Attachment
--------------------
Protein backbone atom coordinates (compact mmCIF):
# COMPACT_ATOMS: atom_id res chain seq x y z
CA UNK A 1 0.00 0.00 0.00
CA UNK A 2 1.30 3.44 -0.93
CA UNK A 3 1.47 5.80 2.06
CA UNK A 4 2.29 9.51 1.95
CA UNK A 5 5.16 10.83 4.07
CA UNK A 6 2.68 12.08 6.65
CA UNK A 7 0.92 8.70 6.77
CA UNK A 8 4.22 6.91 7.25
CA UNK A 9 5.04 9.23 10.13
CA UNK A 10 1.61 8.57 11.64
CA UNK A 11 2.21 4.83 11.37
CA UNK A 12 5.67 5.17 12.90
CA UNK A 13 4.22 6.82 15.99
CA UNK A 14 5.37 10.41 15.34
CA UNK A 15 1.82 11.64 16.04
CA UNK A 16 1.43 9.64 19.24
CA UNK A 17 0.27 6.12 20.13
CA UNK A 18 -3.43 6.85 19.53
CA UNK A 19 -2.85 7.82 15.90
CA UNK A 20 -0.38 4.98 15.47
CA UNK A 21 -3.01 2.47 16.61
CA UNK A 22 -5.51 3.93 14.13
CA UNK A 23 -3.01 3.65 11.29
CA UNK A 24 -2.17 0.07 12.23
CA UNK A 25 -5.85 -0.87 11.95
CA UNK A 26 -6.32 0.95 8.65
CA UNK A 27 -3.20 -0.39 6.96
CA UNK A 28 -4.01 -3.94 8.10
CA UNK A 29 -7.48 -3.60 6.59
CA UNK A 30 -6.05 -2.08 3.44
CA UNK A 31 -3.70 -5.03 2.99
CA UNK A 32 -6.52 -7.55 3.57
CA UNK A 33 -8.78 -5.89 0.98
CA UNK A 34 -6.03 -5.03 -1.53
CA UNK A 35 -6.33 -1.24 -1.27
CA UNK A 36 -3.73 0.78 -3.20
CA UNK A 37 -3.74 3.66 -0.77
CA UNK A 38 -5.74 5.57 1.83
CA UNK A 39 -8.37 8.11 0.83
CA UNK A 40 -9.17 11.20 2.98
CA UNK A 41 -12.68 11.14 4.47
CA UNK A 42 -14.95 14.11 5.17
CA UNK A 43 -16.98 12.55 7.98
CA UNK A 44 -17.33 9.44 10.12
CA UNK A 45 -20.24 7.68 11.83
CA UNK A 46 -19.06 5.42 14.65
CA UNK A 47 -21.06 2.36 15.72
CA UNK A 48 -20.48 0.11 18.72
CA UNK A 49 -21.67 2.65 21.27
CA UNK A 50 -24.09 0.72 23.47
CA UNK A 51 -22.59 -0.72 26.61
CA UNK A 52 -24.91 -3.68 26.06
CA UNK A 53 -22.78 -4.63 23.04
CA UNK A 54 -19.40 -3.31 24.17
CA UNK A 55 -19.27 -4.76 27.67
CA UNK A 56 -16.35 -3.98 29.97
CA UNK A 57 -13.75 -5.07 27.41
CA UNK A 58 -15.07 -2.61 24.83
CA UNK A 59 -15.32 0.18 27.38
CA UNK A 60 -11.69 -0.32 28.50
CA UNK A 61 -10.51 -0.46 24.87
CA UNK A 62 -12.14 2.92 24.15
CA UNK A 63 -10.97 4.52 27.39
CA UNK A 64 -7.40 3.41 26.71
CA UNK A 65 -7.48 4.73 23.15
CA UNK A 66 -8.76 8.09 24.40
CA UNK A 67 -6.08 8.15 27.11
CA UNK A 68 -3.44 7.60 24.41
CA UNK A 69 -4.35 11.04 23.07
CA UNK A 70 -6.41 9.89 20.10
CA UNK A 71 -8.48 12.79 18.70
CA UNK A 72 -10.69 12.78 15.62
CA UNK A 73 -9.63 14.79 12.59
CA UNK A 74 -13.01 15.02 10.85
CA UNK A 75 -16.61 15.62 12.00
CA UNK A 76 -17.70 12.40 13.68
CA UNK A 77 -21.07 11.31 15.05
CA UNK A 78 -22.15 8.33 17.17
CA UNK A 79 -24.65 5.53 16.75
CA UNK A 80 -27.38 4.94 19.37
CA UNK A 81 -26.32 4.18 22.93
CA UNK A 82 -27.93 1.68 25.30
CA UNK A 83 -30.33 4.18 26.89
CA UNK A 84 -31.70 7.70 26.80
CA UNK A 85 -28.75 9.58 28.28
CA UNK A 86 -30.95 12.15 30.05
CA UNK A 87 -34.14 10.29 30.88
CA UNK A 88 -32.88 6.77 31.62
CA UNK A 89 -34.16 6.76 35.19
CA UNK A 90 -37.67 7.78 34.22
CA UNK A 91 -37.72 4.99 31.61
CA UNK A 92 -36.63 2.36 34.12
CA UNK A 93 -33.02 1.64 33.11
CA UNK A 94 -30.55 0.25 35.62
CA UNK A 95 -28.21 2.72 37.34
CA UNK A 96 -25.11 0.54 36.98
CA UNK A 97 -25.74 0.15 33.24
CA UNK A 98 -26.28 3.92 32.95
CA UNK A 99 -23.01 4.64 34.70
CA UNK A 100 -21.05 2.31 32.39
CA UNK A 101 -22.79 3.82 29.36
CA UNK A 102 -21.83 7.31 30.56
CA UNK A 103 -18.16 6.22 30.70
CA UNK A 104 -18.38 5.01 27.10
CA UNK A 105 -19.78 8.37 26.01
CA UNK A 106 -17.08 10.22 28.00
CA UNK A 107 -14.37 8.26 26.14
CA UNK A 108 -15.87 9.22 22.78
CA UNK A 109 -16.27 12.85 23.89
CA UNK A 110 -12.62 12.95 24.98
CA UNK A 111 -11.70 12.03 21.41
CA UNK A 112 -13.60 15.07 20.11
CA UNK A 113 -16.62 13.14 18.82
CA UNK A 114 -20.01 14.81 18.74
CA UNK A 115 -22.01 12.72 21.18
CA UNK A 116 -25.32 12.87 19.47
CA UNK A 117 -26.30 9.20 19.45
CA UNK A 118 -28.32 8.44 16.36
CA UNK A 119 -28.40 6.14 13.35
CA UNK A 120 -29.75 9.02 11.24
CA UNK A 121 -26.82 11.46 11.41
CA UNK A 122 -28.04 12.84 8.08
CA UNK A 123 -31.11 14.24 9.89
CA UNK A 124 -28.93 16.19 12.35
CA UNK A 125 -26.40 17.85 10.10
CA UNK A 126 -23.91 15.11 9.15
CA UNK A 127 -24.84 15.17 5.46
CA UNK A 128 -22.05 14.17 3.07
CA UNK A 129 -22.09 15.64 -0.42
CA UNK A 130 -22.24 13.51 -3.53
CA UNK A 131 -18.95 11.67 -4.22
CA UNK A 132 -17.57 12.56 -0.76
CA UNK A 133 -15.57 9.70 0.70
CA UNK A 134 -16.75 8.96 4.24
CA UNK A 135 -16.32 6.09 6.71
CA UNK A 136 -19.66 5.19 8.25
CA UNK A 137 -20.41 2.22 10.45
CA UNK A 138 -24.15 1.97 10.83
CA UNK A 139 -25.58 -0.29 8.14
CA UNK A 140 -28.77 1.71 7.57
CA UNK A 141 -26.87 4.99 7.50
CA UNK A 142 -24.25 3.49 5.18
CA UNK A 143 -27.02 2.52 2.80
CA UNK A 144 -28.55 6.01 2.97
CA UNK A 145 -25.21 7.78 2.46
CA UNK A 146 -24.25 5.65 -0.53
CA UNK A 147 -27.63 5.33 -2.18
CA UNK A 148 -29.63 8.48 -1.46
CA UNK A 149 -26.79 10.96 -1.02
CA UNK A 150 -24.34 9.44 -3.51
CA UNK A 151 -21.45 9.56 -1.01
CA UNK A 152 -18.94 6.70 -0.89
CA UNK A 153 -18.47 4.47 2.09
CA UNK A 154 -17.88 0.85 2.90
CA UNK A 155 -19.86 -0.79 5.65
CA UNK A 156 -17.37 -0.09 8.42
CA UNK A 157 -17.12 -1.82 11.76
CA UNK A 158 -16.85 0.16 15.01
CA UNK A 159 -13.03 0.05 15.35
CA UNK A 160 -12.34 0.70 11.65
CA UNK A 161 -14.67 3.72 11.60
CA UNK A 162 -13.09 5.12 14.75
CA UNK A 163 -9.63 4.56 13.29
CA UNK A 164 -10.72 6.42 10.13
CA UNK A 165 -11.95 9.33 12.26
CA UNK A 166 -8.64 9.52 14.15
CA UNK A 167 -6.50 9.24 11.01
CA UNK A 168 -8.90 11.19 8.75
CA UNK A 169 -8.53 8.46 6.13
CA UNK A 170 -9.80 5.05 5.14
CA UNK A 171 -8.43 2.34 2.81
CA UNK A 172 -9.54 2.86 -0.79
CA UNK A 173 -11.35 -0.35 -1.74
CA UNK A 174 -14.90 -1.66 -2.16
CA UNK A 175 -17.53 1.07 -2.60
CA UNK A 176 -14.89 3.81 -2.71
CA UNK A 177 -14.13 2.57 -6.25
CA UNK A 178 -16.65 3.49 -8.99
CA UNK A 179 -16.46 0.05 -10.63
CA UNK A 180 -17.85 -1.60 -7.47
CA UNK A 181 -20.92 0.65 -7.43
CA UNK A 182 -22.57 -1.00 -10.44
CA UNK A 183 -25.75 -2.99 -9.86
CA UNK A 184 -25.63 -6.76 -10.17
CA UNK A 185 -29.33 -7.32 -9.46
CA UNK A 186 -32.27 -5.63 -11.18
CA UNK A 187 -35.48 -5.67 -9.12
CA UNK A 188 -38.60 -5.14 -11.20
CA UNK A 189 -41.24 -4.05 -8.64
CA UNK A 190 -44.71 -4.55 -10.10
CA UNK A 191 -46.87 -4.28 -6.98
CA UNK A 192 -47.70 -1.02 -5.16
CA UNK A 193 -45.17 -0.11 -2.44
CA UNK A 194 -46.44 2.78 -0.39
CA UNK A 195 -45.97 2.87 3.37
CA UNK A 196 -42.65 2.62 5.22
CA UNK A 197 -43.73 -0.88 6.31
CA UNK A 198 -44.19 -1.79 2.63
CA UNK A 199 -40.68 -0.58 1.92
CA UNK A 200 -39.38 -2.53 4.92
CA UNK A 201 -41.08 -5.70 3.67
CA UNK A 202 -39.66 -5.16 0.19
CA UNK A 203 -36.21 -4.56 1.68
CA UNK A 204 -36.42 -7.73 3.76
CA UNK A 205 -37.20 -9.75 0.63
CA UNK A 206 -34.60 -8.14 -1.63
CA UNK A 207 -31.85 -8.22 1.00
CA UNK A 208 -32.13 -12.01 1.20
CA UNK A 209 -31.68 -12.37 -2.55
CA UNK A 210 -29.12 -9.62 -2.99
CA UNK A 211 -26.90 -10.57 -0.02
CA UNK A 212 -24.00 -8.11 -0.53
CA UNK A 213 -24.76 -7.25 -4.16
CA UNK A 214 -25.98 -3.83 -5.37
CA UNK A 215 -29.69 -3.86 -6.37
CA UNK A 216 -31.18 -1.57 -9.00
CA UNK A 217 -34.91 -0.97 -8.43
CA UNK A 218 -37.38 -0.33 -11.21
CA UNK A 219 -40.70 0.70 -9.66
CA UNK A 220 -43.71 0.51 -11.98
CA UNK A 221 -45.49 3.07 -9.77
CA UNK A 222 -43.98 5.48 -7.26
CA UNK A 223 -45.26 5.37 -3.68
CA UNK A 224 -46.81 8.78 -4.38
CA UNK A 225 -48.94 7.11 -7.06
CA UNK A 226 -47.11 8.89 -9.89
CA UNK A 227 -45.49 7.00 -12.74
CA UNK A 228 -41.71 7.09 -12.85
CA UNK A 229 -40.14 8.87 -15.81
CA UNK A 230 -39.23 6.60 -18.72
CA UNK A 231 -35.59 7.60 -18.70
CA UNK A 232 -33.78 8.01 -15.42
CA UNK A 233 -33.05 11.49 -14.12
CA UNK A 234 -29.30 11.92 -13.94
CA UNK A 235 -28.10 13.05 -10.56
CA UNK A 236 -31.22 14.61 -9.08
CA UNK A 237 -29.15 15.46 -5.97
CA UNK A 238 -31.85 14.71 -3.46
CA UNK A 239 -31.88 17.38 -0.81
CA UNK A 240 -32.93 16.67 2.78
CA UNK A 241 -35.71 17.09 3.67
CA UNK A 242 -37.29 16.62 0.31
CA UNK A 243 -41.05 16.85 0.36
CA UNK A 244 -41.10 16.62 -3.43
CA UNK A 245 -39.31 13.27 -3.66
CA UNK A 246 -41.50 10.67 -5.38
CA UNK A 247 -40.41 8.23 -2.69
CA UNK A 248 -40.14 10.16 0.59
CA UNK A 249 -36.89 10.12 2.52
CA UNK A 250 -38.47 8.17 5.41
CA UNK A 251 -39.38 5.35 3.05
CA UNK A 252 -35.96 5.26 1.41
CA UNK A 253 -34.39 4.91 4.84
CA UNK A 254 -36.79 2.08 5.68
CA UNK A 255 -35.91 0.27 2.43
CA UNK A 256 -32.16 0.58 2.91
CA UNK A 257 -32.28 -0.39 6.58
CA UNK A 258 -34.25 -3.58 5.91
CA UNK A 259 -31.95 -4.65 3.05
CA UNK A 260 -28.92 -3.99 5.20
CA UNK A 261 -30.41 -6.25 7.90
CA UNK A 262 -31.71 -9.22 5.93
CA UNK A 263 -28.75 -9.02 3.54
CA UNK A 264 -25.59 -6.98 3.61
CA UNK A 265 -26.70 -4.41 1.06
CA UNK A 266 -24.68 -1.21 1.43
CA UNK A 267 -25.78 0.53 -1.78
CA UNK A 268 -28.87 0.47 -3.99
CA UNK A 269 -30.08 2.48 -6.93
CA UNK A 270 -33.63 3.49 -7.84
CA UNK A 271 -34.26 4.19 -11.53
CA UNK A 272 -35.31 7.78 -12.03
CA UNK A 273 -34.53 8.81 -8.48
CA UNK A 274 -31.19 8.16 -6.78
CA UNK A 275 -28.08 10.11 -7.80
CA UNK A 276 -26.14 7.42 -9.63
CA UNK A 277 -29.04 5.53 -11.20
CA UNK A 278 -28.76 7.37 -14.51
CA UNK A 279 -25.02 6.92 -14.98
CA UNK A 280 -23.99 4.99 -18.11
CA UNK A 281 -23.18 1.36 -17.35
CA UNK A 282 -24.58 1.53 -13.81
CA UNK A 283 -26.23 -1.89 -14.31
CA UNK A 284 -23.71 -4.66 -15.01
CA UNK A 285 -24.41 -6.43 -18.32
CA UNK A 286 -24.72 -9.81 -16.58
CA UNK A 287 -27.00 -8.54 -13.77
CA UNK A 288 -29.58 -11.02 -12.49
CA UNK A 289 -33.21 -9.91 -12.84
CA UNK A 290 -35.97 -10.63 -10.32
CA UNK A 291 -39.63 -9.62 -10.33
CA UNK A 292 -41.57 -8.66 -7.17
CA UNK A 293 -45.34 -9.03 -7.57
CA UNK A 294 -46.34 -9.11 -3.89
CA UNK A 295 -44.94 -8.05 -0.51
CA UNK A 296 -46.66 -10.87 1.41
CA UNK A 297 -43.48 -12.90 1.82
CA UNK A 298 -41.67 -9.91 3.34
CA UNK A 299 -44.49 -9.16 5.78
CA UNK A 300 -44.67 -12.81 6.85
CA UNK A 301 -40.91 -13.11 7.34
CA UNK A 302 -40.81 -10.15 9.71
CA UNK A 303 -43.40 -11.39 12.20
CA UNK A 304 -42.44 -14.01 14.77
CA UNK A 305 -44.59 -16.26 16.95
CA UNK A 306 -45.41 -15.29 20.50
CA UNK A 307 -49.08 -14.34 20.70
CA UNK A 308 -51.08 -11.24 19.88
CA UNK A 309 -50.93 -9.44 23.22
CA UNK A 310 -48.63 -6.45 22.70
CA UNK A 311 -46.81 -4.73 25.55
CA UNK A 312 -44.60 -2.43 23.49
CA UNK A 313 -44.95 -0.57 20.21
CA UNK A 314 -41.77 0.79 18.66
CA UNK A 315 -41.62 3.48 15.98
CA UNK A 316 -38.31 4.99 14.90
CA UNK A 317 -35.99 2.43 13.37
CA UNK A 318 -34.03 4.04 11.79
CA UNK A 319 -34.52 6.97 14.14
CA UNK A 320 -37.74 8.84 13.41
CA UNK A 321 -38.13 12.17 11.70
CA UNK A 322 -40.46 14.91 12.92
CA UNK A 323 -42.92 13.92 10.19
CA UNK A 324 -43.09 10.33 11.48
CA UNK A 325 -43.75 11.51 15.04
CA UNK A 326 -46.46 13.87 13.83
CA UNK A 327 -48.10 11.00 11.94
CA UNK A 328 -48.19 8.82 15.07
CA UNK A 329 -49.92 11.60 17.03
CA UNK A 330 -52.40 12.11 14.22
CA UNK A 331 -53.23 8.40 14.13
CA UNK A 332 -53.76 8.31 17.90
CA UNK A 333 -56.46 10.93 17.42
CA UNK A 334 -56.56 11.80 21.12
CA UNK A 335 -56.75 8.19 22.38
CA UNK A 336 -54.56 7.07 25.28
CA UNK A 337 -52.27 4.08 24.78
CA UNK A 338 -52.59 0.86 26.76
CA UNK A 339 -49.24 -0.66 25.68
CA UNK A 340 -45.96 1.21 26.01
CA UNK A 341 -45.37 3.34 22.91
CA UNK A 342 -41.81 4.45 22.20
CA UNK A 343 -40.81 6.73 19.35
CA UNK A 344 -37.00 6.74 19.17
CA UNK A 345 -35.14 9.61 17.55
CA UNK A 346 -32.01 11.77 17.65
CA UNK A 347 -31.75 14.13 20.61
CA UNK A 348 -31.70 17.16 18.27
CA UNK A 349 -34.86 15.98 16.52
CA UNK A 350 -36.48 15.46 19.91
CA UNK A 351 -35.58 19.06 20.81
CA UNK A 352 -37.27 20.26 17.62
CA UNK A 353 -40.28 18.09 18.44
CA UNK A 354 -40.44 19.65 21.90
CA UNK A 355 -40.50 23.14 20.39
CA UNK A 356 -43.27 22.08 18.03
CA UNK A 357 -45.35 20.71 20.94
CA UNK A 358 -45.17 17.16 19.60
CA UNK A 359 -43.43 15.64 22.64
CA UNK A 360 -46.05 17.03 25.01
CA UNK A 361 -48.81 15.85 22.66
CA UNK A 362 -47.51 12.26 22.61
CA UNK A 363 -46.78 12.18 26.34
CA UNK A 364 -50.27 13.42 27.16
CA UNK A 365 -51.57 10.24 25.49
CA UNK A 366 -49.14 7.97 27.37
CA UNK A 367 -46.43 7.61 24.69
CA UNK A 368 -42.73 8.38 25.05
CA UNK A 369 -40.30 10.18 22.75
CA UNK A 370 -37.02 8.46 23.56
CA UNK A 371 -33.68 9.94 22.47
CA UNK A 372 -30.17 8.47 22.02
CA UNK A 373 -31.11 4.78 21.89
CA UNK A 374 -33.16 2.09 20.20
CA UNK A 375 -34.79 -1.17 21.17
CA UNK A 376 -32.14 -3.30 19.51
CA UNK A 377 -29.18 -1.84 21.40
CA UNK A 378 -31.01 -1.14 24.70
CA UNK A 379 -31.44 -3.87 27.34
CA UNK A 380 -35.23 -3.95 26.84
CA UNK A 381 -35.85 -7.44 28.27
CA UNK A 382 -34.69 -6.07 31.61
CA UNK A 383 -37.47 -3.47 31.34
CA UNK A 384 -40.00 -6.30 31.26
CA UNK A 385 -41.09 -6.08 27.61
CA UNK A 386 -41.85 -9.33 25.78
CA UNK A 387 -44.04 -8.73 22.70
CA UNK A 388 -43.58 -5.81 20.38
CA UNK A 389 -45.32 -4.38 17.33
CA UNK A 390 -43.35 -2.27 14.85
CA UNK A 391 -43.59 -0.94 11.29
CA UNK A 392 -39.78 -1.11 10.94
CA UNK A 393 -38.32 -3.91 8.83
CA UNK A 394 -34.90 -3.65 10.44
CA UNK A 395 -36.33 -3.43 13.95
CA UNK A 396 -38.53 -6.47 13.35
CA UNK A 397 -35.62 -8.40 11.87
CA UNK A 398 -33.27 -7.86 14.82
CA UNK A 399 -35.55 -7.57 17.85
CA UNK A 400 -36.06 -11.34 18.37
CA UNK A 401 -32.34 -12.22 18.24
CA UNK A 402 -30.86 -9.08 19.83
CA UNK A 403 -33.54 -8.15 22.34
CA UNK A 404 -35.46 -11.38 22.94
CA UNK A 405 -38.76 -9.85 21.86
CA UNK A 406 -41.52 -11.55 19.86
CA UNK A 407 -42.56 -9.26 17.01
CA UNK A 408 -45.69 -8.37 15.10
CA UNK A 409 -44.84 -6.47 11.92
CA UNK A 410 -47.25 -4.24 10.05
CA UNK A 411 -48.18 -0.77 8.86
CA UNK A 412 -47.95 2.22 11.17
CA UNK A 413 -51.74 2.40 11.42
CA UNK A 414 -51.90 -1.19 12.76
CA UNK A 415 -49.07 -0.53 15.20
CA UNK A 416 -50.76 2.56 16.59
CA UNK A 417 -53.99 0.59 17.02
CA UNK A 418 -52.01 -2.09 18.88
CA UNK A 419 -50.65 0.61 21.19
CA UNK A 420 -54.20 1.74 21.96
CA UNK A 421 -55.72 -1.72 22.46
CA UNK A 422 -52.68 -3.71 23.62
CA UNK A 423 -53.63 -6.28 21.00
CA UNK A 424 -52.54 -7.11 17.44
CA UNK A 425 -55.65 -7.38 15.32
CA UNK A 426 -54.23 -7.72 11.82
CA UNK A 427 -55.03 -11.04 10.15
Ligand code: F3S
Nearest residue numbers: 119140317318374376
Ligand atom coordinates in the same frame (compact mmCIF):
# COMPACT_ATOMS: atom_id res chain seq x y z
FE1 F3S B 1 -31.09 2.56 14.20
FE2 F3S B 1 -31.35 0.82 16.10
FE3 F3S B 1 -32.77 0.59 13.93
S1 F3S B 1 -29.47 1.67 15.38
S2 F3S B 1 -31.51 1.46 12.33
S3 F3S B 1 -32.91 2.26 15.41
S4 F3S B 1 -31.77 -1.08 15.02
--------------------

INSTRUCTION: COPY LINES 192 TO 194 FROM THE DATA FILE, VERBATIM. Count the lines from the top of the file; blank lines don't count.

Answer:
CA UNK A 190 -44.71 -4.55 -10.10
CA UNK A 191 -46.87 -4.28 -6.98
CA UNK A 192 -47.70 -1.02 -5.16